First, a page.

Josef Albers, ‘"Prefatio"’, 1942, Francis Frost
Josef Albers, ‘"Prefatio"’, 1942, Francis Frost
Josef Albers, ‘"Prefatio"’, 1942, Francis Frost
Josef Albers, ‘"Prefatio"’, 1942, Francis Frost

Lithograph, 1942, signed in pencil, dated, titled and numbered from the edition of 30, on white wove paper, printed by Reinhard Shumann, Hickory, NC; some light toning to the sheet, a few very slight marks to the image (presumably from broken glass when once framed) but otherwise in good condition with full margins
Image 11 3/4 x 15 3/4 inches. Sheet 19 x 24 inches

Signature: Signed & dated lower-right.

Estate of Sewell Sillman (student and friend of Albers, also publisher of his silkscreens in the 1960s & 70s)

About Josef Albers

Josef Albers is best known for his seminal “Homage to the Square” series of the 1950s and '60s, which focused on the simplification of form and the interplay of shape and color. “Abstraction is real, probably more real than nature,” he once said. “I prefer to see with closed eyes.” His abstract canvases employed rigid geometric compositions in order to emphasize the optical effects set off by his chosen color palettes. Albers was highly influential as a teacher, first at the Bauhaus in Germany alongside Wassily Kandinsky and Paul Klee, and later with posts at Black Mountain College, Yale, and Harvard; he taught courses in design and color theory, and counted among his students such iconic artists as Eva Hesse, Cy Twombly, Richard Anuszkiewicz, and Robert Rauschenberg. He is often cited among the progenitors of Minimalist, Conceptual, and Op art.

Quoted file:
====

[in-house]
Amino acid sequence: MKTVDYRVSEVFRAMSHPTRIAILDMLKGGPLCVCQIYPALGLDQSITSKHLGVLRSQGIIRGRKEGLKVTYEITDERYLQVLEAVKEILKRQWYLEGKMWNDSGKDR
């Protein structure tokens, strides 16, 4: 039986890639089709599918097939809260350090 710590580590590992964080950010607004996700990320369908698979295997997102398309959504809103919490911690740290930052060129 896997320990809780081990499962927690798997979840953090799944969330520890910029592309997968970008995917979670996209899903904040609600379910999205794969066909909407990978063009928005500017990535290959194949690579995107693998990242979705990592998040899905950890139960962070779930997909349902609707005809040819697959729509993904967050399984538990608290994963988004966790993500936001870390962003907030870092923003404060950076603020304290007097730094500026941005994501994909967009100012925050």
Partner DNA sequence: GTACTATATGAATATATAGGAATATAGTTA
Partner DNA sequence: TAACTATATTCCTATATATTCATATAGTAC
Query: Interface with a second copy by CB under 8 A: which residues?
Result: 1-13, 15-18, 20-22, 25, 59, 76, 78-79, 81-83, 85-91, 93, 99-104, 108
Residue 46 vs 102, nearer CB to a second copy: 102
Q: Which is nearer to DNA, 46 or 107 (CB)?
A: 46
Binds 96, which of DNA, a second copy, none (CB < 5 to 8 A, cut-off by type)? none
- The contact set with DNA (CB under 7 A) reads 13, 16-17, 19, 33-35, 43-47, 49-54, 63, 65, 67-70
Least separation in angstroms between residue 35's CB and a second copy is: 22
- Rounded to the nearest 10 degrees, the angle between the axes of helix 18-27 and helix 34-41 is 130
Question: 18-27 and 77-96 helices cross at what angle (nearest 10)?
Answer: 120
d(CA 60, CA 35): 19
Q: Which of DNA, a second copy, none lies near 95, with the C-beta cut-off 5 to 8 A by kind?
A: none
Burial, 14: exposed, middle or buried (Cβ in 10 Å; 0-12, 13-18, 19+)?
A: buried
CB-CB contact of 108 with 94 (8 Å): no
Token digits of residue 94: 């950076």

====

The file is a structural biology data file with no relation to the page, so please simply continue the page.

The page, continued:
German-American, 1888-1976, Bottrop, Germany, based in Dessau, Germany, Black Mountain, North Carolina and New Haven, Connecticut

Solo Shows

Yale University Art Gallery, 
New Haven, CT, United States,
Small-Great Objects: Anni and Josef Albers in the Americas
Museum of Modern Art, 
New York, NY, United States,
One and One is Four: The Bauhaus Photocollages of Josef Albers
View Artist's CV